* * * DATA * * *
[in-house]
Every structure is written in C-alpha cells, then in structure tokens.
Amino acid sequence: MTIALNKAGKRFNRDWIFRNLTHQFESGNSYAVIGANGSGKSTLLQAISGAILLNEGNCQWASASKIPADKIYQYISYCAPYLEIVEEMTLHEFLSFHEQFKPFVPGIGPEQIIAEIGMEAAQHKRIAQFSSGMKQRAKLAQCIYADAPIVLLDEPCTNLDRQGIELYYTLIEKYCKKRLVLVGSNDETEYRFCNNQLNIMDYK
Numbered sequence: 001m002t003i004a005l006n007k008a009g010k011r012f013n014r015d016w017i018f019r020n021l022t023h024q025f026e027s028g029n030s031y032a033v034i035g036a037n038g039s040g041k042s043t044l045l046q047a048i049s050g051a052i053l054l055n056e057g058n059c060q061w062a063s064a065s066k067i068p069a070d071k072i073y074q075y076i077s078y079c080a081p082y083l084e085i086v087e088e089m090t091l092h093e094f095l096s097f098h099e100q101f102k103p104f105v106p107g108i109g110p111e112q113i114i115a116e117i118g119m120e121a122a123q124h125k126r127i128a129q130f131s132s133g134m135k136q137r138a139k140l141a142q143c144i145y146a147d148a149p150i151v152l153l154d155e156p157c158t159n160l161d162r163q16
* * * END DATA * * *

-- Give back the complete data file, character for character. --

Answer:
[in-house]
Every structure is written in C-alpha cells, then in structure tokens.
Amino acid sequence: MTIALNKAGKRFNRDWIFRNLTHQFESGNSYAVIGANGSGKSTLLQAISGAILLNEGNCQWASASKIPADKIYQYISYCAPYLEIVEEMTLHEFLSFHEQFKPFVPGIGPEQIIAEIGMEAAQHKRIAQFSSGMKQRAKLAQCIYADAPIVLLDEPCTNLDRQGIELYYTLIEKYCKKRLVLVGSNDETEYRFCNNQLNIMDYK
Numbered sequence: 001m002t003i004a005l006n007k008a009g010k011r012f013n014r015d016w017i018f019r020n021l022t023h024q025f026e027s028g029n030s031y032a033v034i035g036a037n038g039s040g041k042s043t044l045l046q047a048i049s050g051a052i053l054l055n056e057g058n059c060q061w062a063s064a065s066k067i068p069a070d071k072i073y074q075y076i077s078y079c080a081p082y083l084e085i086v087e088e089m090t091l092h093e094f095l096s097f098h099e100q101f102k103p104f105v106p107g108i109g110p111e112q113i114i115a116e117i118g119m120e121a122a123q124h125k126r127i128a129q130f131s132s133g134m135k136q137r138a139k140l141a142q143c144i145y146a147d148a149p150i151v152l153l154d155e156p157c158t159n160l161d162r163q16